One Brave Thing


A few weeks ago my church started a group call God In Real Life (GIRL) time and I attended their launch event. At the end of the get together the associate pastor Bonita gave us this challenge: to do one brave thing.

I had been wanting to talk to my friend Melissa for a while about the things that were going on in my life, but I always chickened out. When Bonita gave us that challenge I couldn’t help but feel like now was the time, especially given that Melissa and I had a lunch date set for later that week.

So I did.

I told her about how hard it has been since losing Jamie, and how now we are facing fertility tests and treatments. How I can’t work due to my PTSD being so severe, and I even told her that my PTSD is from being abused as a kid. I was so nervous.

But she just sat there and listened. She let me say everything I needed to say and when I was done she gave me a hug and told me she would be praying for me. I left the lunch feeling like I had wrestled a grizzly and won, and in a way I did. I have been wrestling the monster that is silence for years, and very rarely have I had a victory. While I felt drained and raw, I also felt more relieved and elated than I could have thought. It was as though with each word I spoke, with each secret I revealed, some of the weight started to lift.

On Sunday the women who attended the first GIRL time event were asked–if they were willing–to write down their one brave thing and e-mail it to Bonita. This is what I wrote:

My brave thing starts with a dream: to publish a book. And to claim that dream means eventually revealing all of me to anyone who cares to read it, and that absolutely terrifies me. So I’m starting here.

My brave thing was to show part of the real me to my friends Melissa. And I don’t mean ‘me without make’ or anything like that, I mean why I’m me. I onloy ever show the real me to a few people, everyone else gets a reflection: the me that says “I’m fine” when my heart is breaking. The me who when asked about herself gives the highly edited version so she doesn’t actually reveal anything.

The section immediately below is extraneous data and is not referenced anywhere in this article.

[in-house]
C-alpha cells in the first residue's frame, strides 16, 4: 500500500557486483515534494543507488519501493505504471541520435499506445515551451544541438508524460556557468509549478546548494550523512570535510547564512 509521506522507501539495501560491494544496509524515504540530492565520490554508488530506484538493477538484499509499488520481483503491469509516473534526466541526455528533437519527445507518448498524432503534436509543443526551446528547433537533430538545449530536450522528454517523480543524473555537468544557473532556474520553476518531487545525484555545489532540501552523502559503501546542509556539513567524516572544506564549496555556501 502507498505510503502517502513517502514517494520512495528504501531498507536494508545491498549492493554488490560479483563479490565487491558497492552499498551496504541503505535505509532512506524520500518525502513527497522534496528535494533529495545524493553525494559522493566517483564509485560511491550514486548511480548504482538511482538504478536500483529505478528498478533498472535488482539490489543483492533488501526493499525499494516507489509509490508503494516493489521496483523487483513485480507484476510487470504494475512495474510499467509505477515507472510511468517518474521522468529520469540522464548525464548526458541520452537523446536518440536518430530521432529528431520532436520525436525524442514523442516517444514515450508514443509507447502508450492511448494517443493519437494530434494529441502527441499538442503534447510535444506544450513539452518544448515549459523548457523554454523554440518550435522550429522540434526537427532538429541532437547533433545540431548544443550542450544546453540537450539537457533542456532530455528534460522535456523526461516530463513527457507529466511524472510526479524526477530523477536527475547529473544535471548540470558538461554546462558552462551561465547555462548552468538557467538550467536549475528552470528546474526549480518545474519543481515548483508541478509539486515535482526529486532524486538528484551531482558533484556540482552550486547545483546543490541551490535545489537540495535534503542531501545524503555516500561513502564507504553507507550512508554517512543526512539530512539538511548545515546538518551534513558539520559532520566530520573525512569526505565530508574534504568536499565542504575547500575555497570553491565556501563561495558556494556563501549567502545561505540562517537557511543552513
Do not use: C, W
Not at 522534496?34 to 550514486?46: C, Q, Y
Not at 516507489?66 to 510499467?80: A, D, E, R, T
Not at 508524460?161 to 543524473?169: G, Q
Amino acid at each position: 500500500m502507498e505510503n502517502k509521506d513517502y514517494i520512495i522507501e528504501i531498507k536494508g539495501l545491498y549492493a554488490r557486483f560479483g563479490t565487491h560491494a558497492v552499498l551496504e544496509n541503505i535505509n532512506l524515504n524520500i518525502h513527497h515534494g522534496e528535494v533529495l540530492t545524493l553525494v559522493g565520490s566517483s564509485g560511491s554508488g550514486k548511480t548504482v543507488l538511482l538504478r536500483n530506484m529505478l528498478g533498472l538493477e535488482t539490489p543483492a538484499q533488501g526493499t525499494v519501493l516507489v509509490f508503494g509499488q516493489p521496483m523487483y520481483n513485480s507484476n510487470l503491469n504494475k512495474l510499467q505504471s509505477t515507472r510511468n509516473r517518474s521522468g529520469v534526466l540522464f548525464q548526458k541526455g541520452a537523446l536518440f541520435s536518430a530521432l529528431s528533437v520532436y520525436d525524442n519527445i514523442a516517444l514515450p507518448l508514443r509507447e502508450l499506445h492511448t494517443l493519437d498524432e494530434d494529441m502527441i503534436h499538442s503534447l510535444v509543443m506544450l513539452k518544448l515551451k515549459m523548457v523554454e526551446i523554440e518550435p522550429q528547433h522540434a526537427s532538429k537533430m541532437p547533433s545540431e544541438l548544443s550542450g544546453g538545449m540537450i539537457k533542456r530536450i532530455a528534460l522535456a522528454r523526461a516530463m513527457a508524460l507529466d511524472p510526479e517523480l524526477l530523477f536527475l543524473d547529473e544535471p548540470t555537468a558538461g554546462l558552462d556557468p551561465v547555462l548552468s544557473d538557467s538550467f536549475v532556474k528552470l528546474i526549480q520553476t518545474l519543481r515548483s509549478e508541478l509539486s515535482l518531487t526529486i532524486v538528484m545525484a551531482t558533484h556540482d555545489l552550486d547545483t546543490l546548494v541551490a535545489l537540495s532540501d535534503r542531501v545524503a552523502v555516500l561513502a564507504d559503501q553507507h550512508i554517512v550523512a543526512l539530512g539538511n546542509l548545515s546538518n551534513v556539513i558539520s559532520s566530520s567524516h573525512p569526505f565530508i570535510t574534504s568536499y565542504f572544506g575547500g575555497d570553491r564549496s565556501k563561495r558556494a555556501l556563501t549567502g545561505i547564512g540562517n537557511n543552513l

And what kills me is that I want people to see the real me. I’m oproud of who I am. I’m proud of how I’ve handled the trials in my life, how going through them has turned me into who I am today. By telling my story, by revealing the real me I hope to help someone going through trials of their own. But I’m afraid to reveal the real me because I feel too exposed. Too vulnerable. For years God has been telling me not to hide who I am and what I’ve been through, but to share it and (hopefully) let my story change someone’s life.

So tonight I’m doing my second brave thing: telling this to all of you. And I pray that these brave things will lead to–someday–helping someone else to be brave.

Bonita wrote back to me on Tuesday, the morning of the event and asked if I would be willing to share my One Brave Thing story that night at GIRL time and I said yes. I did ask her to print me out a copy of my story (our printer is broken) because I do not do well in front of groups and I would do best to read it straight from the page. What I didn’t tell her was that by having the piece of paper in my hands I would be much less likely to chicken out and make up a different story when I stood up to speak. I knew I could still back out, but I was doing everything I could think of to make myself feel as comfortable as possible so that I wouldn’t.